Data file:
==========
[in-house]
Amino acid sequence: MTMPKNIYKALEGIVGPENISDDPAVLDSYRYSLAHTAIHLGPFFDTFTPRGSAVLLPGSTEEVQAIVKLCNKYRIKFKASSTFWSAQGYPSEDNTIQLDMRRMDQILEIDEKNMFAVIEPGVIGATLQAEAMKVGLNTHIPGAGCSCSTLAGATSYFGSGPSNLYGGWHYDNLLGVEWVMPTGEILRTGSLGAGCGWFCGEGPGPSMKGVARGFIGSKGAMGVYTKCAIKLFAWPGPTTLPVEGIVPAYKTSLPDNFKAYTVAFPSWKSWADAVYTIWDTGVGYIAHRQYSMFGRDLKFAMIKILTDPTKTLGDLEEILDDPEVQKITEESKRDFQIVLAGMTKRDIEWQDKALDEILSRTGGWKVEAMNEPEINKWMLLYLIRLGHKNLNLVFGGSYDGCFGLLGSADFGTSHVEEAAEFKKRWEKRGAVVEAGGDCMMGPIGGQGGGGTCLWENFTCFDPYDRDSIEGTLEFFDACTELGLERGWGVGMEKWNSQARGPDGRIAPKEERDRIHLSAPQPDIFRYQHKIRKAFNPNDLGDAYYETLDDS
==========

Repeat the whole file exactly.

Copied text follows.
[in-house]
Amino acid sequence: MTMPKNIYKALEGIVGPENISDDPAVLDSYRYSLAHTAIHLGPFFDTFTPRGSAVLLPGSTEEVQAIVKLCNKYRIKFKASSTFWSAQGYPSEDNTIQLDMRRMDQILEIDEKNMFAVIEPGVIGATLQAEAMKVGLNTHIPGAGCSCSTLAGATSYFGSGPSNLYGGWHYDNLLGVEWVMPTGEILRTGSLGAGCGWFCGEGPGPSMKGVARGFIGSKGAMGVYTKCAIKLFAWPGPTTLPVEGIVPAYKTSLPDNFKAYTVAFPSWKSWADAVYTIWDTGVGYIAHRQYSMFGRDLKFAMIKILTDPTKTLGDLEEILDDPEVQKITEESKRDFQIVLAGMTKRDIEWQDKALDEILSRTGGWKVEAMNEPEINKWMLLYLIRLGHKNLNLVFGGSYDGCFGLLGSADFGTSHVEEAAEFKKRWEKRGAVVEAGGDCMMGPIGGQGGGGTCLWENFTCFDPYDRDSIEGTLEFFDACTELGLERGWGVGMEKWNSQARGPDGRIAPKEERDRIHLSAPQPDIFRYQHKIRKAFNPNDLGDAYYETLDDS